IEEE
You are not logged in, please sign in to edit > Log in / create account  

Wilhelm Wien

From GHN

(Difference between revisions)
Jump to: navigation, search
(Created page with "== Wilhelm Wien == Wilhelm Wien was a German physicist and Nobel-Prize winner who pioneered the study of quantum physics. Wien was born in East Prussia in 1864 to a landholdin...")
 
Line 1: Line 1:
== Wilhelm Wien  ==
+
== Biography ==
  
 
Wilhelm Wien was a German physicist and Nobel-Prize winner who pioneered the study of quantum physics.
 
Wilhelm Wien was a German physicist and Nobel-Prize winner who pioneered the study of quantum physics.
Line 7: Line 7:
 
After a brief absence to manage his father’s estate, Wien returned to Helmholtz’s laboratory, and, in 1896, began a series of professorships in physics that culminated in his appointment as Professor of Physics in Munich in 1920.
 
After a brief absence to manage his father’s estate, Wien returned to Helmholtz’s laboratory, and, in 1896, began a series of professorships in physics that culminated in his appointment as Professor of Physics in Munich in 1920.
  
From early in his career, Wien performed landmark research in thermodynamics. In 1893, he announced what would later be called the law of displacement: that wavelength changes with temperature. In 1896, he published the formula of Wien, which described the composition of radiation of an ideal body, which he called a black body. This work enabled Max Planck to use quantum physics to answer the problem of thermal radiation in thermal equilibrium. It also earned Wien the 1911 Nobel Prize in physics.
+
From early in his career, Wien performed landmark research in thermodynamics. In 1893, he announced what would later be called the law of displacement: that wavelength changes with temperature. In 1896, he published the formula of Wien, which described the composition of radiation of an ideal body, which he called a black body. This work enabled Max Planck to use quantum physics to answer the problem of thermal radiation in thermal equilibrium. It also earned Wien the 1911 [[Nobel Prize]] in physics.
  
 
In the late 1890s, Wien studied cathode rays, confirming that they were made of fast moving negatively-charged particles, or electrons, that were about two thousand times lighter than hydrogen atoms. He then analyzed canal rays, finding that they were the positive equivalent of electrons and were never heavier than them. This research led to the development of the spectrography of masses twenty years later.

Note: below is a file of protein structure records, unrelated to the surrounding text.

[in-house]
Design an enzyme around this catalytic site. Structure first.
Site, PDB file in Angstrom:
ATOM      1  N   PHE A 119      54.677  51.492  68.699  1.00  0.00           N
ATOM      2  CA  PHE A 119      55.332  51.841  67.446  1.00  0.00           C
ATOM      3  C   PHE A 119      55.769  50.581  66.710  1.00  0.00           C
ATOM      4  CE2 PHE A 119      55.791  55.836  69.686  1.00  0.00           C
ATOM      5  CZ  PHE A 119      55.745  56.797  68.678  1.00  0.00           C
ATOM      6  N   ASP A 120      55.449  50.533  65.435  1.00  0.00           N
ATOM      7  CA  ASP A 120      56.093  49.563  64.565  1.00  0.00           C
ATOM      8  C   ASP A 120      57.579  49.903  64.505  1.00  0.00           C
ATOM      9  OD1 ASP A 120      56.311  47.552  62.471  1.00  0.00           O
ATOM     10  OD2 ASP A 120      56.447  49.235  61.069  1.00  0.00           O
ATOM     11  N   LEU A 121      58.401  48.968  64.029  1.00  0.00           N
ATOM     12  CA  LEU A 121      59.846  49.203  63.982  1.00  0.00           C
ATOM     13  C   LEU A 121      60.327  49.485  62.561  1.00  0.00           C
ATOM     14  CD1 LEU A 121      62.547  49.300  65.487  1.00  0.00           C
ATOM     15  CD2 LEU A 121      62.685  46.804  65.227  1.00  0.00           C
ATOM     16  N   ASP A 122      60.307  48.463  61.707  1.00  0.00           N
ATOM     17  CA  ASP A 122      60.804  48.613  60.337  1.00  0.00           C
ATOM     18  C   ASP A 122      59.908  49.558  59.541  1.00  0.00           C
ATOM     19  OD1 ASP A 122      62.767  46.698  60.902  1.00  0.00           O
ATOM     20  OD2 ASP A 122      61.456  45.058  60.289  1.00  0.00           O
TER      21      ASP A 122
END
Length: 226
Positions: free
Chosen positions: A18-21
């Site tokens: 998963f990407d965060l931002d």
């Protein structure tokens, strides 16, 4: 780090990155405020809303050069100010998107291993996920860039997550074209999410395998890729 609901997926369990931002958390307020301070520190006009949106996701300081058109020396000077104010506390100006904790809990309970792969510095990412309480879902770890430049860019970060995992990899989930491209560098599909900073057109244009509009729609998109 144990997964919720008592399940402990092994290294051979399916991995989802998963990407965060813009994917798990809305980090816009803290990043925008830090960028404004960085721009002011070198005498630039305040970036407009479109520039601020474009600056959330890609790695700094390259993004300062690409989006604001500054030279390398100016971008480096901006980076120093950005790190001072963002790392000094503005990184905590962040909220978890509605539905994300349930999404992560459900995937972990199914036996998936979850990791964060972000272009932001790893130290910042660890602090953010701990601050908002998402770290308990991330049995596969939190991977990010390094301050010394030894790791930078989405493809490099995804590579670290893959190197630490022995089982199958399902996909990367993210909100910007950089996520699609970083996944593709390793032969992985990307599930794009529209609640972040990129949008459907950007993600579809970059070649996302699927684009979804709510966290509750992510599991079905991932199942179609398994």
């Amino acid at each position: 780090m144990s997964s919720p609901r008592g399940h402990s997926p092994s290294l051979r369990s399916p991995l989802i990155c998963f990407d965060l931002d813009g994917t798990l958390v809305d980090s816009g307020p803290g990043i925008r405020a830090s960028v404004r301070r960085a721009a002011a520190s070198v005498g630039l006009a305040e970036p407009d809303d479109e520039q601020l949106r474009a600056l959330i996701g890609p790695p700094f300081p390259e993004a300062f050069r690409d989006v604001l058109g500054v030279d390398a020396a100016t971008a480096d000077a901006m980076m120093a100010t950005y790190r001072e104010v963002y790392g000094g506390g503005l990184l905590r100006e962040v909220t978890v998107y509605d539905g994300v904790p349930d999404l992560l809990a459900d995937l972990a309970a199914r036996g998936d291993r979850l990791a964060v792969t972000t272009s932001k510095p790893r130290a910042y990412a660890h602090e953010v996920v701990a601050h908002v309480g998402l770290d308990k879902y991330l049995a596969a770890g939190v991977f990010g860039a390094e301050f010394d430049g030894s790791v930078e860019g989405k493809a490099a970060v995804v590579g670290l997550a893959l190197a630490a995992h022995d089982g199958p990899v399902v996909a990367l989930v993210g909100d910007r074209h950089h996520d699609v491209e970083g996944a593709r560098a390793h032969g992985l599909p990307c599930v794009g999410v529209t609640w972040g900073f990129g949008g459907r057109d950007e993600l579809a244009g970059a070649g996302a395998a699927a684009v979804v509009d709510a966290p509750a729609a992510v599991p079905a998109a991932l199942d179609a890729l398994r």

In the late 1890s, Wien studied cathode rays, confirming that they were made of fast moving negatively-charged particles, or electrons, that were about two thousand times lighter than hydrogen atoms. He then analyzed canal rays, finding that they were the positive equivalent of electrons and were never heavier than them. This research led to the development of the spectrography of masses twenty years later.
 +
 +
{{DEFAULTSORT:Wien}}
  
 
[[Category:Nuclear_and_plasma_sciences]]
 
[[Category:Nuclear_and_plasma_sciences]]

Revision as of 21:47, 2 December 2013

Biography

Wilhelm Wien was a German physicist and Nobel-Prize winner who pioneered the study of quantum physics.

Wien was born in East Prussia in 1864 to a landholding family. He broke away from his father’s life as a gentleman farmer to study mathematics and physics at the Universities of Göttingen and Berlin. Between 1883 and 1885, he worked in Hermann von Helmholtz’s laboratory. In 1886, he took a doctorate with a thesis on the diffraction of light on metal and on the influence of materials on the color of refracted light.

After a brief absence to manage his father’s estate, Wien returned to Helmholtz’s laboratory, and, in 1896, began a series of professorships in physics that culminated in his appointment as Professor of Physics in Munich in 1920.

From early in his career, Wien performed landmark research in thermodynamics. In 1893, he announced what would later be called the law of displacement: that wavelength changes with temperature. In 1896, he published the formula of Wien, which described the composition of radiation of an ideal body, which he called a black body. This work enabled Max Planck to use quantum physics to answer the problem of thermal radiation in thermal equilibrium. It also earned Wien the 1911 Nobel Prize in physics.

In the late 1890s, Wien studied cathode rays, confirming that they were made of fast moving negatively-charged particles, or electrons, that were about two thousand times lighter than hydrogen atoms. He then analyzed canal rays, finding that they were the positive equivalent of electrons and were never heavier than them. This research led to the development of the spectrography of masses twenty years later.